The remarkable power of gratitude is engaging people where they are, post-pandemic.
Written by: Dan Bigman and Dale Buss
For more than 20 years, Chester Elton and his co-author Adrian Gostick have been studying and writing about corporate culture while coaching thousands of CEOs at businesses large, medium and small. Across all of this, they’ve stumbled upon a single constant among all the top performers, one that might not be what you’d expect.
“As we studied the best teams, the best leaders, the best cultures, there was always this thread of gratitude—always,” he says. “And so it became very apparent that it wasn’t a nice-to-have if you were to be a great leader. It was an absolute must-have.”
That insight led to their book Leading with Gratitude (Harper Business, March 2020), which was—in a stroke of unbelievably good or bad timing, depending on your perspective—published just as Covid hit the U.S. last year.
While showing gratitude has always been important for leaders, says Elton, in this post-Covid era it may be the most essential thing you can do right now—for very pragmatic reasons. In the ever-tighter talent market CEOs are now facing, hanging on to great people is everything. And when it comes to retention, says Elton, gratitude is the most powerful tool available—far more so than money.
“You don’t leave people who love you,” he says. “The number one reason people leave a job is the relationship with their immediate supervisor. If you want turnover, don’t use gratitude. If you want people to stay, let them know that they matter.”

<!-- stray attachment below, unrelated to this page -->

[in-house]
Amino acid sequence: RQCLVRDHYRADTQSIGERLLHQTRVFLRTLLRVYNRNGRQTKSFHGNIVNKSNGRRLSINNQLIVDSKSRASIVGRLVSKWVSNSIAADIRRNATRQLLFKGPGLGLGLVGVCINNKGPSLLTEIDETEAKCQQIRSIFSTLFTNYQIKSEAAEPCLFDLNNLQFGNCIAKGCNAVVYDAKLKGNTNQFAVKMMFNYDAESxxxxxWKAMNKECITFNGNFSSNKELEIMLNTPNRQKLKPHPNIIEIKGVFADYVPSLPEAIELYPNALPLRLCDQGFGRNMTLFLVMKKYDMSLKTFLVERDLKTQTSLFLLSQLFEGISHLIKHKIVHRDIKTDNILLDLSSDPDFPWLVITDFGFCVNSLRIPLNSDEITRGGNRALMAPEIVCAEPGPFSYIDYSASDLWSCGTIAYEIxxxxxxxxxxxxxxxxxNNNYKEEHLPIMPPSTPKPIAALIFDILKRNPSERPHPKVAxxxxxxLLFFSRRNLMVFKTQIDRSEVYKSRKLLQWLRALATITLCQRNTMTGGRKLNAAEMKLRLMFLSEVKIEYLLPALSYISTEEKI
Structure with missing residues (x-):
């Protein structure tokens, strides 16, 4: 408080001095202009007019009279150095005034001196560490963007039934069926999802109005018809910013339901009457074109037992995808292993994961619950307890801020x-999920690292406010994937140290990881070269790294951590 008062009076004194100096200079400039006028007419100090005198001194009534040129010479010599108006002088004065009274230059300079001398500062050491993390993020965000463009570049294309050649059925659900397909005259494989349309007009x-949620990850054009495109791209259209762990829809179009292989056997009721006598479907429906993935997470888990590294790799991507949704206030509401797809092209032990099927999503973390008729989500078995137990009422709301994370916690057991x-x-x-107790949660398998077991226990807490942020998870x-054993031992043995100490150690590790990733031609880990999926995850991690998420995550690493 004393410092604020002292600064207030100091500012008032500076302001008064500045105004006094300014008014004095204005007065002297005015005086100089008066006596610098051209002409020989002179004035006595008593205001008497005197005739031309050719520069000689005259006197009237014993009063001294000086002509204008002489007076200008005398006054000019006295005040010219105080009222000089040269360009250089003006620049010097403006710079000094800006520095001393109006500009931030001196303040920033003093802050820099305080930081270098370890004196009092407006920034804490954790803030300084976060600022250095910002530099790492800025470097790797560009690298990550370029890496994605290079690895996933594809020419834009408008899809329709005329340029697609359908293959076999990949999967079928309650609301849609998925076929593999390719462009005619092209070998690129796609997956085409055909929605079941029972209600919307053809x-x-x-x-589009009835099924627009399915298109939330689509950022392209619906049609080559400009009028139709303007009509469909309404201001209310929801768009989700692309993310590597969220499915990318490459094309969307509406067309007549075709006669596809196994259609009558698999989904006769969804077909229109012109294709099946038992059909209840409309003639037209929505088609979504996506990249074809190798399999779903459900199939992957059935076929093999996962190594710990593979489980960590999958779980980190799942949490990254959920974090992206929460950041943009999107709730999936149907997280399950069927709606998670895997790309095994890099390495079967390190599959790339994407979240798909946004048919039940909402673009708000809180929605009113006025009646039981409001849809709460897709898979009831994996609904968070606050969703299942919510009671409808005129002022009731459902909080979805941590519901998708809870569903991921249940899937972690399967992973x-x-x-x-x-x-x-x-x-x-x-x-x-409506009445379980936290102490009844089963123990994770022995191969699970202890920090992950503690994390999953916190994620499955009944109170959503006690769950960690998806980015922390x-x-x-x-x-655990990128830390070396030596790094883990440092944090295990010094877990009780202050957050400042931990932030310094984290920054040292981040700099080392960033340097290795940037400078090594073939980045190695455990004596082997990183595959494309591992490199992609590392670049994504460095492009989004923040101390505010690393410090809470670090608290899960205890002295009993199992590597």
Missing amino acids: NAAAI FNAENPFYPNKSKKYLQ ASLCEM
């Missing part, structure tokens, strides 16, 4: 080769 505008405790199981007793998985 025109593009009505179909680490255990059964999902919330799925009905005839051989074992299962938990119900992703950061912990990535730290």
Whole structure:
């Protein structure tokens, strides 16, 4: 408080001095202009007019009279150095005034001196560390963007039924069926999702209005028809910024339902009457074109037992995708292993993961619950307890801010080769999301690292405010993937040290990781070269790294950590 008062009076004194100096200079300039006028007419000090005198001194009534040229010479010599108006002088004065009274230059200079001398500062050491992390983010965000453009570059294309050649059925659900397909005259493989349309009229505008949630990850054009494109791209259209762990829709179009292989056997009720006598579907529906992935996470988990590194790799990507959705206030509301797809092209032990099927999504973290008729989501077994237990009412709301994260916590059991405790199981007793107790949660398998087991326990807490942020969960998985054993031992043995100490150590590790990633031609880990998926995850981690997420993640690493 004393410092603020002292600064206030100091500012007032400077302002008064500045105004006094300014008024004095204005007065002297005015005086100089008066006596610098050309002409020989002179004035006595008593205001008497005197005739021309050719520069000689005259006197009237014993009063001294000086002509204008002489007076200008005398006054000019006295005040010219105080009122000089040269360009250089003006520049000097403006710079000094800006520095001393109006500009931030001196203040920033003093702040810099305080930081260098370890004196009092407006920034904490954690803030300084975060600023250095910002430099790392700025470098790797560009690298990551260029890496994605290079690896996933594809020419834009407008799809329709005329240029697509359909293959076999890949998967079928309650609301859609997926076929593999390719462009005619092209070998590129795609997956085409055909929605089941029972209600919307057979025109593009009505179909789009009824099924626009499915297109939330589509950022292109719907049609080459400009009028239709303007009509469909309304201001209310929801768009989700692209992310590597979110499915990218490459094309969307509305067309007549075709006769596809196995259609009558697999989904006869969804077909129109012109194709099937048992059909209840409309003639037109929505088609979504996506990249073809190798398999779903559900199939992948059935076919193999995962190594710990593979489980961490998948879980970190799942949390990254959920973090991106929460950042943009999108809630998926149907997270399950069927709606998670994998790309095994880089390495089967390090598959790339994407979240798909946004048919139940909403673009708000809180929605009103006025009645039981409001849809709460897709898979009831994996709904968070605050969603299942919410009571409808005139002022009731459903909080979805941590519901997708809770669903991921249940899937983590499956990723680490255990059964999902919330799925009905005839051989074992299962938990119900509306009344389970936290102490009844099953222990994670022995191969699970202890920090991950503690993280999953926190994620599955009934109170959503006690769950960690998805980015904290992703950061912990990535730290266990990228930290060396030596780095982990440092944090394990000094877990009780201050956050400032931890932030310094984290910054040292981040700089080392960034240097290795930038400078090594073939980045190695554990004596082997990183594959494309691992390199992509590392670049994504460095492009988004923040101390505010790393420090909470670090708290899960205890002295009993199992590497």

For executives facing down the rest of 2021 and looking into 2022 and beyond, the battle for great people is the whole ballgame. In survey after survey by Chief Executive and our sister publications Corporate Board Member and StrategicCFO360, the race to grab or retain key people is cited as the most important challenge the nation’s business leaders say they are facing.
Meanwhile, what younger workers are looking for in an employer is changing. Cliché or not, they want employers who give them a sense of purpose—or whose purpose aligns with their own. They want to understand why they are doing what they do, and why it matters. And they want to matter to their employers.
“The data is very strong,” says Dr. Bob Nelson, who has studied the psychology of gratitude and recognition in the workplace for decades. “If you have a culture of recognition, research finds that your employees will feel five times more likely to be valued than if the culture was not a strong culture of recognition. They’ll be six times more likely to recommend the organization as a great place to work. They’d be seven times more likely to stay with the organization for their career, if possible—which is huge. And then they’ll be 11 times more likely to feel completely committed to their job, their manager, the mission of the organization. So just some huge, huge benefits from doing this soft, fuzzy notion of an idea.
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